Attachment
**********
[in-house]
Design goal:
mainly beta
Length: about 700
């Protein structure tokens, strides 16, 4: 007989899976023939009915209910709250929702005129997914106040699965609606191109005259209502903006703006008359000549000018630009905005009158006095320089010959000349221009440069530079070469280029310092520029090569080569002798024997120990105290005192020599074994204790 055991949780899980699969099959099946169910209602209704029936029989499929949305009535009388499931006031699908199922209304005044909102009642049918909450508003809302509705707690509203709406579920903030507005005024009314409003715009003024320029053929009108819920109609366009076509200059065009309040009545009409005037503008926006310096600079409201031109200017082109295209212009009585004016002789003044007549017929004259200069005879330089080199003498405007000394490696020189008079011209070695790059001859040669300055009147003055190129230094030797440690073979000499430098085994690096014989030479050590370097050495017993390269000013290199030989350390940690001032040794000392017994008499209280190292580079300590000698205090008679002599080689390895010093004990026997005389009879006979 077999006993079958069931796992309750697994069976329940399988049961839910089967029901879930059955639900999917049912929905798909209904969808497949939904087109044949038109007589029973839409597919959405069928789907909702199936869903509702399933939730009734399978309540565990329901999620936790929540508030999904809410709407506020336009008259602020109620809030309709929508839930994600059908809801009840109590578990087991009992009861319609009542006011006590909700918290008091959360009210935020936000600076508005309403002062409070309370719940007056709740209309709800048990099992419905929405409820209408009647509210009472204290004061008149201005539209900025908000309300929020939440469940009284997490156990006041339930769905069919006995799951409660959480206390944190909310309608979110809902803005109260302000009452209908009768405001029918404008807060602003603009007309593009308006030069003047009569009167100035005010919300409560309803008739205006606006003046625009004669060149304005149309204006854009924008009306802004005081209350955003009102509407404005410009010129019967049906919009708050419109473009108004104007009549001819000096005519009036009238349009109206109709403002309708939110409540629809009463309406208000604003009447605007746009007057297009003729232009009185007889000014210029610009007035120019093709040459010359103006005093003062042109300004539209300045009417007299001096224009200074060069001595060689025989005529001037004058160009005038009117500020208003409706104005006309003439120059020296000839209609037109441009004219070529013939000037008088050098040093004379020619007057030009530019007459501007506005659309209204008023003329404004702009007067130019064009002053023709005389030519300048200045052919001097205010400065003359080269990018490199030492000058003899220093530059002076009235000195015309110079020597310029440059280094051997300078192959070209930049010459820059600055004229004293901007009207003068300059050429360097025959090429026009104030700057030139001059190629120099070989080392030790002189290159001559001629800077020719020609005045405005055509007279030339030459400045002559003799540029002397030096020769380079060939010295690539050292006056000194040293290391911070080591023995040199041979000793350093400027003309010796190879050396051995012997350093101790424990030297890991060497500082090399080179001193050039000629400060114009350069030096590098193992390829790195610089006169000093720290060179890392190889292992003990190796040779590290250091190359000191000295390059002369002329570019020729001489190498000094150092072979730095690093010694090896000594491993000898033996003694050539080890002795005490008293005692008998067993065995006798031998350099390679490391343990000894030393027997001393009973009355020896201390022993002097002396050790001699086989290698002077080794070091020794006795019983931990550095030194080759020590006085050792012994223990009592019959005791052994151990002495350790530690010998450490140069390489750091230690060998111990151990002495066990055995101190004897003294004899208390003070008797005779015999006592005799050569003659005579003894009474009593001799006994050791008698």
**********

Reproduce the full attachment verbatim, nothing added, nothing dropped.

[in-house]
Design goal:
mainly beta
Length: about 700
């Protein structure tokens, strides 16, 4: 007989899976023939009915209910709250929702005129997914106040699965609606191109005259209502903006703006008359000549000018630009905005009158006095320089010959000349221009440069530079070469280029310092520029090569080569002798024997120990105290005192020599074994204790 055991949780899980699969099959099946169910209602209704029936029989499929949305009535009388499931006031699908199922209304005044909102009642049918909450508003809302509705707690509203709406579920903030507005005024009314409003715009003024320029053929009108819920109609366009076509200059065009309040009545009409005037503008926006310096600079409201031109200017082109295209212009009585004016002789003044007549017929004259200069005879330089080199003498405007000394490696020189008079011209070695790059001859040669300055009147003055190129230094030797440690073979000499430098085994690096014989030479050590370097050495017993390269000013290199030989350390940690001032040794000392017994008499209280190292580079300590000698205090008679002599080689390895010093004990026997005389009879006979 077999006993079958069931796992309750697994069976329940399988049961839910089967029901879930059955639900999917049912929905798909209904969808497949939904087109044949038109007589029973839409597919959405069928789907909702199936869903509702399933939730009734399978309540565990329901999620936790929540508030999904809410709407506020336009008259602020109620809030309709929508839930994600059908809801009840109590578990087991009992009861319609009542006011006590909700918290008091959360009210935020936000600076508005309403002062409070309370719940007056709740209309709800048990099992419905929405409820209408009647509210009472204290004061008149201005539209900025908000309300929020939440469940009284997490156990006041339930769905069919006995799951409660959480206390944190909310309608979110809902803005109260302000009452209908009768405001029918404008807060602003603009007309593009308006030069003047009569009167100035005010919300409560309803008739205006606006003046625009004669060149304005149309204006854009924008009306802004005081209350955003009102509407404005410009010129019967049906919009708050419109473009108004104007009549001819000096005519009036009238349009109206109709403002309708939110409540629809009463309406208000604003009447605007746009007057297009003729232009009185007889000014210029610009007035120019093709040459010359103006005093003062042109300004539209300045009417007299001096224009200074060069001595060689025989005529001037004058160009005038009117500020208003409706104005006309003439120059020296000839209609037109441009004219070529013939000037008088050098040093004379020619007057030009530019007459501007506005659309209204008023003329404004702009007067130019064009002053023709005389030519300048200045052919001097205010400065003359080269990018490199030492000058003899220093530059002076009235000195015309110079020597310029440059280094051997300078192959070209930049010459820059600055004229004293901007009207003068300059050429360097025959090429026009104030700057030139001059190629120099070989080392030790002189290159001559001629800077020719020609005045405005055509007279030339030459400045002559003799540029002397030096020769380079060939010295690539050292006056000194040293290391911070080591023995040199041979000793350093400027003309010796190879050396051995012997350093101790424990030297890991060497500082090399080179001193050039000629400060114009350069030096590098193992390829790195610089006169000093720290060179890392190889292992003990190796040779590290250091190359000191000295390059002369002329570019020729001489190498000094150092072979730095690093010694090896000594491993000898033996003694050539080890002795005490008293005692008998067993065995006798031998350099390679490391343990000894030393027997001393009973009355020896201390022993002097002396050790001699086989290698002077080794070091020794006795019983931990550095030194080759020590006085050792012994223990009592019959005791052994151990002495350790530690010998450490140069390489750091230690060998111990151990002495066990055995101190004897003294004899208390003070008797005779015999006592005799050569003659005579003894009474009593001799006994050791008698």